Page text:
A top commentator at the Washington Post urged US President Barack Obama to help Prime Minister Benjamin Netanyahu "climb down from his unwise rhetoric"; and the New York Times asserts that "Leaders need flexibility and ambiguity, not just hard and fast red lines."
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David Ignatius of the Washington Post's opinion piece, titled "Puzzled by a 'red line' demand," wonders about Netanyahu's "almost daily demands" for the US to set a clear red line for Iran, and asks "What does he wants beyond what President Obama has already stated?"
Ignatius said that "Obama believes he has drawn the US red line as clearly as a superpower ever should." He noted previous statements by Obama, saying that the US has a national security interest in preventing the Islamic Republic from achieving military nuclear capabilities.
He further notes that the Obama administration has already proved it plans to stop Iran by directing the US Armed forces to formulate a detailed plan of attack should Iran cross the US' line.
Ignatius hedged that Netanyahu's true aim is to see Obama issue a de-facto ultimatum or deadline for Iran to stop its nuclear enrichment.
'Presidents don't turn over power of war and peace' (Photo: AFP)
"Watching Netanyahu’s public, Hamlet-like anguishing over the past year about 'to bomb or not to bomb,' one suspects the real issue for him isn't red lines so much as trust that they will be enforced," the Washington Post states.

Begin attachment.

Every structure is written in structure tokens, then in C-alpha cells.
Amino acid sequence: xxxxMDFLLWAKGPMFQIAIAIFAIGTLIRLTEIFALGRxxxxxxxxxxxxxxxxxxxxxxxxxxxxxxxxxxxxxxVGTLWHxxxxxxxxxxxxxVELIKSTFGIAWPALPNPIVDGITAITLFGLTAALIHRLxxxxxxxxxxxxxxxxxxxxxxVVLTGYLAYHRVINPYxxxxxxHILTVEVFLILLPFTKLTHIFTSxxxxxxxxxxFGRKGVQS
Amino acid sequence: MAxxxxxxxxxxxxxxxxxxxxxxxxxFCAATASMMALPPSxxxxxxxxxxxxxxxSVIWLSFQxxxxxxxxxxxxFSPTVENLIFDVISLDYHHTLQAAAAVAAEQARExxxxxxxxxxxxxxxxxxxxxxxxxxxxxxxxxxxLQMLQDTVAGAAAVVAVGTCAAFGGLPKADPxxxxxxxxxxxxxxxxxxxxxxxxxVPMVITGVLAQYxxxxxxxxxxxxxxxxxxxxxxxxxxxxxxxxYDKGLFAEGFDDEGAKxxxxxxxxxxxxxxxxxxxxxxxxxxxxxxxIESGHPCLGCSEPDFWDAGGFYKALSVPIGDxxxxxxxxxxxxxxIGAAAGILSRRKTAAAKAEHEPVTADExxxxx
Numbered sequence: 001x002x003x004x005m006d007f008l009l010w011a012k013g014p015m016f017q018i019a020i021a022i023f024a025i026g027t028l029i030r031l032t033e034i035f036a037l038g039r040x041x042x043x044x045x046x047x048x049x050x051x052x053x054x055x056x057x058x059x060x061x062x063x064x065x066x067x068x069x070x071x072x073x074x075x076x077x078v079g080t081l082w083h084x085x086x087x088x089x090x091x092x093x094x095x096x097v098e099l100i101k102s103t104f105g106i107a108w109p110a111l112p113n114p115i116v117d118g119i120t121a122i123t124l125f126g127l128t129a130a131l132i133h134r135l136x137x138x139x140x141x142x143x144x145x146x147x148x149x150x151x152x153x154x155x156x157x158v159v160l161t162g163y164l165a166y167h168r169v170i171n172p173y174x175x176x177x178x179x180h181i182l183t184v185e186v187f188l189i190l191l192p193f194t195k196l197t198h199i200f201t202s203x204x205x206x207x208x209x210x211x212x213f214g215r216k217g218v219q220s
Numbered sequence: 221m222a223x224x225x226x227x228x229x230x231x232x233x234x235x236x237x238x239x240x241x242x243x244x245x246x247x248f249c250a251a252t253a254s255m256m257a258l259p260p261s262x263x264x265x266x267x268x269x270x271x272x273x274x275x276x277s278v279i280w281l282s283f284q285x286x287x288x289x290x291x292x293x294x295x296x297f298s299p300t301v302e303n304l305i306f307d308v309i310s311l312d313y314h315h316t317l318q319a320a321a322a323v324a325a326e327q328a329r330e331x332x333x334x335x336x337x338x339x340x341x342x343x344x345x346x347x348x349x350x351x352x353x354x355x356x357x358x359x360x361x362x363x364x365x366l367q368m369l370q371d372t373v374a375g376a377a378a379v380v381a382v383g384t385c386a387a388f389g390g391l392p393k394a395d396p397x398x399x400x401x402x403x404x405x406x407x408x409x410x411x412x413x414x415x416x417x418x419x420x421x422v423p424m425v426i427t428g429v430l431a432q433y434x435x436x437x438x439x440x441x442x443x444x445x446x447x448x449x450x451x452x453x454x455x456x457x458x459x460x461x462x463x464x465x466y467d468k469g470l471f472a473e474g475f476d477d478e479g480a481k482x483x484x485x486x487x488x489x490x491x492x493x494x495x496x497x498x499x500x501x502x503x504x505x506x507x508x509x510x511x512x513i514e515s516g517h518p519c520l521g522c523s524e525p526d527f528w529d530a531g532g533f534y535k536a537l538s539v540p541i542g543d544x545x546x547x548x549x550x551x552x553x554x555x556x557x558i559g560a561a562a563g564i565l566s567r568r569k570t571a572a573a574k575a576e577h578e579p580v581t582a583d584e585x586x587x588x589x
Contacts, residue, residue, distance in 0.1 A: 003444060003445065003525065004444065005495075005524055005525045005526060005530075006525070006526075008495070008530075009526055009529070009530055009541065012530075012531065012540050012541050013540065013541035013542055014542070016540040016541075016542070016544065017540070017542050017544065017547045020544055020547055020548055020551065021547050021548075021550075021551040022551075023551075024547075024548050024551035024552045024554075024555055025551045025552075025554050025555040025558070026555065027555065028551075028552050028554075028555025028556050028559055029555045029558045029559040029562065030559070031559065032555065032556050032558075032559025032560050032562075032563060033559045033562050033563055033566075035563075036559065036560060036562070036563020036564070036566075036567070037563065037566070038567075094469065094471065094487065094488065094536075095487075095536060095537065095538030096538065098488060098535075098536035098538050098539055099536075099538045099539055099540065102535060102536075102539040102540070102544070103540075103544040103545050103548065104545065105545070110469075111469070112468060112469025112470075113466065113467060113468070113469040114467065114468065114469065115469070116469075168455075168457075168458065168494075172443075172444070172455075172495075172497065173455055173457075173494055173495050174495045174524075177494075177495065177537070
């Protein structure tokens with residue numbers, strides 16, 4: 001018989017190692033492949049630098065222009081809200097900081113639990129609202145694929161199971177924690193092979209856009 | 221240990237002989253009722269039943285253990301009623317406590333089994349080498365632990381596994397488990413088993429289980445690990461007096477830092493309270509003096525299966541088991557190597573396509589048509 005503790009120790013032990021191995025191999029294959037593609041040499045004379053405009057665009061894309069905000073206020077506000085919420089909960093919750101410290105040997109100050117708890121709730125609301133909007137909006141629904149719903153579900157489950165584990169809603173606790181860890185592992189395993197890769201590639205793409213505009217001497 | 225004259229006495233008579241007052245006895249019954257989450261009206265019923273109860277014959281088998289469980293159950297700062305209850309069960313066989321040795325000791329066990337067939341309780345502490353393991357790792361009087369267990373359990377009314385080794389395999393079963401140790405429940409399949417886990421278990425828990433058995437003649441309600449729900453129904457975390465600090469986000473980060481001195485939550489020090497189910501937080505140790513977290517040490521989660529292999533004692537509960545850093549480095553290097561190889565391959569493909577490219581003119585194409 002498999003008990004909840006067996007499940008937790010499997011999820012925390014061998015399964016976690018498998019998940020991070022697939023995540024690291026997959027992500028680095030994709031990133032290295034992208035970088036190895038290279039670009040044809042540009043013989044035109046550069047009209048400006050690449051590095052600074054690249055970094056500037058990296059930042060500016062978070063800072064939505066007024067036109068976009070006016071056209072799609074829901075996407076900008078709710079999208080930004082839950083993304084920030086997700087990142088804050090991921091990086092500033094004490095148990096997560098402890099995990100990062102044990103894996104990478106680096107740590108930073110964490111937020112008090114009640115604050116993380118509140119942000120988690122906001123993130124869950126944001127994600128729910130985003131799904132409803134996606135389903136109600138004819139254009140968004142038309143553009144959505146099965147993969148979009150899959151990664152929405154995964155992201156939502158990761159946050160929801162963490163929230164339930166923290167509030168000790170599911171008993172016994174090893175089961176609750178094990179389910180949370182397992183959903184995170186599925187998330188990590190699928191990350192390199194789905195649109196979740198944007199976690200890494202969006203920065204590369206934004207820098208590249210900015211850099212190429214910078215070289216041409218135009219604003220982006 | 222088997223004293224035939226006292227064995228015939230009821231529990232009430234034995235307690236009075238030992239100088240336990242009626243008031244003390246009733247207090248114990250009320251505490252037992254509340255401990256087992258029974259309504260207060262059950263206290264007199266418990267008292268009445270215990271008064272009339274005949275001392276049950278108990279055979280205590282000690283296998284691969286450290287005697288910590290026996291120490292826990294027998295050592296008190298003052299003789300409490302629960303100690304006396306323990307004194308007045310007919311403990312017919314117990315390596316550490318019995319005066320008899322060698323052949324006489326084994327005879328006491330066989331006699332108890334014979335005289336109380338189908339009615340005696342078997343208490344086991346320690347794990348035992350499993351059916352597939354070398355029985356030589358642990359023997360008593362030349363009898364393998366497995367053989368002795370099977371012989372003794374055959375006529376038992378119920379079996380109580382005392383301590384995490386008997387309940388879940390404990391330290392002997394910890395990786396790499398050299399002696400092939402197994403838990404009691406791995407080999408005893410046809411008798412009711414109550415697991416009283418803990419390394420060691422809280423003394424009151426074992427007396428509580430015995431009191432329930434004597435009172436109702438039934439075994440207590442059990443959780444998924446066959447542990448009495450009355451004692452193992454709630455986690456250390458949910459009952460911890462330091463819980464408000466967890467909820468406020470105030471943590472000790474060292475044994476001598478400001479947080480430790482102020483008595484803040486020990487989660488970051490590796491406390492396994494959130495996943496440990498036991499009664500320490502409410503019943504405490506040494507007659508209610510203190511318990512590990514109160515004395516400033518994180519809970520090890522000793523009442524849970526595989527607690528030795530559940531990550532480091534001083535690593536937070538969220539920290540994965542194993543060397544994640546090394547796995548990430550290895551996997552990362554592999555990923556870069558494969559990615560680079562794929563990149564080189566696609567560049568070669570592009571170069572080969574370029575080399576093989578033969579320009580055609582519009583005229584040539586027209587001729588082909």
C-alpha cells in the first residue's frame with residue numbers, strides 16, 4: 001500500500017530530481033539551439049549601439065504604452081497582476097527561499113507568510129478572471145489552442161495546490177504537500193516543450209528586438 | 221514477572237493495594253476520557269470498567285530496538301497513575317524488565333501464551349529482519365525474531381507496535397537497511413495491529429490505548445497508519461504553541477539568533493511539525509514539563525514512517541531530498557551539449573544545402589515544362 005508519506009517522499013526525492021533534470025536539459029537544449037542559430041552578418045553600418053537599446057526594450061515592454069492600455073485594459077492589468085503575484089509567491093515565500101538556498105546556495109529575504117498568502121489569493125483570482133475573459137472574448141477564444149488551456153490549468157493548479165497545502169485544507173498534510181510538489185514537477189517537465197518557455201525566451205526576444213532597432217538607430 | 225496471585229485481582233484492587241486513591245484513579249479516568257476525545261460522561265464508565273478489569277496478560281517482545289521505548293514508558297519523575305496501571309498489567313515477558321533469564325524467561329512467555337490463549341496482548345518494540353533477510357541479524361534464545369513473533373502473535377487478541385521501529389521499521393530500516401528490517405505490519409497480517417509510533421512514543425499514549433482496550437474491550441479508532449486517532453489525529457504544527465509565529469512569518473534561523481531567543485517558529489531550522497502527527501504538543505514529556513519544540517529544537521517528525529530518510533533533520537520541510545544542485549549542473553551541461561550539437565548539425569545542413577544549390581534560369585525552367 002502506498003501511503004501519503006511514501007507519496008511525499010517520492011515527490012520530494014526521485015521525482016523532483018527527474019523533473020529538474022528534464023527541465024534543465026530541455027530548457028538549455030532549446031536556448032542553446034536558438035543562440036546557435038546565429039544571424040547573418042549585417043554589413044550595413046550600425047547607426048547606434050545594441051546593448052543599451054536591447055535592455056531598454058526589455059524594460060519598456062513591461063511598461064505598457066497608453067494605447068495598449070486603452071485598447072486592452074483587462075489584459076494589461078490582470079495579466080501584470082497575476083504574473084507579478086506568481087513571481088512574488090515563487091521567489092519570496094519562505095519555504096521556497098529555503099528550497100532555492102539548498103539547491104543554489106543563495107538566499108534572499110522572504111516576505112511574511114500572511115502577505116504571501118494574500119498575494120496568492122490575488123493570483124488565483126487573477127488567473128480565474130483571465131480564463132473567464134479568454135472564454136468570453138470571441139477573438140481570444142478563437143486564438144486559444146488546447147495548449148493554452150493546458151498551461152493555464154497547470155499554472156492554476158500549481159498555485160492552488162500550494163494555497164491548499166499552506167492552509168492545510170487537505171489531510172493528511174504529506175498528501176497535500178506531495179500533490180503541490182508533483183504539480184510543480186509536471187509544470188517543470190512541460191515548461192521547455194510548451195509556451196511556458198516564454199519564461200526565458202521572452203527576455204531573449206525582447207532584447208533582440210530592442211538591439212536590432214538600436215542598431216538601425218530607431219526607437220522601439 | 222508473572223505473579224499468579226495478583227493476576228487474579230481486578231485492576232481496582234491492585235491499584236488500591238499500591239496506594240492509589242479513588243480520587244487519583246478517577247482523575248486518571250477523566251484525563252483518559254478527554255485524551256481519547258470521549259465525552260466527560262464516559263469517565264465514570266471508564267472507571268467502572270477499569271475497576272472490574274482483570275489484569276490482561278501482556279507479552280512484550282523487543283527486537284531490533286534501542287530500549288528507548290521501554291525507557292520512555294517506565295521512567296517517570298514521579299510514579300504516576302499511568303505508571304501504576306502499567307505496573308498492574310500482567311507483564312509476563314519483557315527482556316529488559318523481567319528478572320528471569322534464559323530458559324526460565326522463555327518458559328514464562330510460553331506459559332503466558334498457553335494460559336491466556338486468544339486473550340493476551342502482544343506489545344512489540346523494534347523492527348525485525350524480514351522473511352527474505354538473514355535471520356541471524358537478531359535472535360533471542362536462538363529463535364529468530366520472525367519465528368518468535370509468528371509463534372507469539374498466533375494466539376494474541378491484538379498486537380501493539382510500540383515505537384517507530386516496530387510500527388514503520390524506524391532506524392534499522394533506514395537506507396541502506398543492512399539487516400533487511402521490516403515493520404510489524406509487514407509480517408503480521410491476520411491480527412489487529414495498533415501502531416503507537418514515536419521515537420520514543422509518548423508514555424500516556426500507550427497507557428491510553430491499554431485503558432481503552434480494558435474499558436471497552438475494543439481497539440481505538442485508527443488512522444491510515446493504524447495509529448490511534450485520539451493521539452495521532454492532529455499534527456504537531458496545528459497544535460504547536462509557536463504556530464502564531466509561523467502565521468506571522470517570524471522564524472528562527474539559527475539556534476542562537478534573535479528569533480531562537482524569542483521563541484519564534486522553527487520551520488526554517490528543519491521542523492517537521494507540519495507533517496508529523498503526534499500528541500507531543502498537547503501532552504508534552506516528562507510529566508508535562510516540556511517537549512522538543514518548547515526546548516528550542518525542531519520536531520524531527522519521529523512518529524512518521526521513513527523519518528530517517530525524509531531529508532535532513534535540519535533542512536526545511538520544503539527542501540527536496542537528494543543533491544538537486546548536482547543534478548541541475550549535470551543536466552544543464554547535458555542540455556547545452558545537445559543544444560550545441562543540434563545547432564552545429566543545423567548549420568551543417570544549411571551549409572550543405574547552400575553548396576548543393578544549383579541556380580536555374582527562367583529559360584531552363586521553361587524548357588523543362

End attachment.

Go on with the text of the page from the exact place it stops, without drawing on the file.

The relations between the American president and the Israeli prime minister have often been strained and close associates on both sides say they are plagued by mutual mistrust both on a personal level and on a political one.
"Netanyahu should understand that no country can allow another to impose the conditions under which it will go to war," Ignatius wrote. "Presidents don't turn over that power of war and peace, even to their best friends."
If both the US and Israel wish to maintain deterrence vis-à-vis Iran, "Obama should help the Israeli leader to climb down from his unwise rhetoric," he states.
'No Rush to War'
The New York Times' editorial largely echoed that sentiment, further stressing that the United States should not rush to strike Iran, especially since there is a consensus among experts that such a strike could, at best, set the Iranian's nuclear program back four years at most.
Netanyahu, the editorial states, is "Trying to browbeat President Obama into a preemptive strike," further exacerbating the tensions between the close, long-time allies.
"Leaders need flexibility and ambiguity, not just hard and fast red lines. And it is dangerous for Mr. Netanyahu to try to push the president into a corner publicly and raise questions about Washington. Is that really the message he wants to send to Tehran?" the New York Times wondered. Israel has no reason to doubt Washington's resolve on the Iranian threat.
But recent polls show that 70% of Americans oppose a unilateral strike on Iran, and 59% said that if a unilateral Israeli strike on Iran ignites a regional war, the United States should not come to its ally’s aid.
The editorial asserts that "The best strategy is for Israel to work with the United States and other major powers to tighten sanctions while pursuing negotiations on a deal. It is a long shot, but there is time to talk. And that’s where the focus must be."
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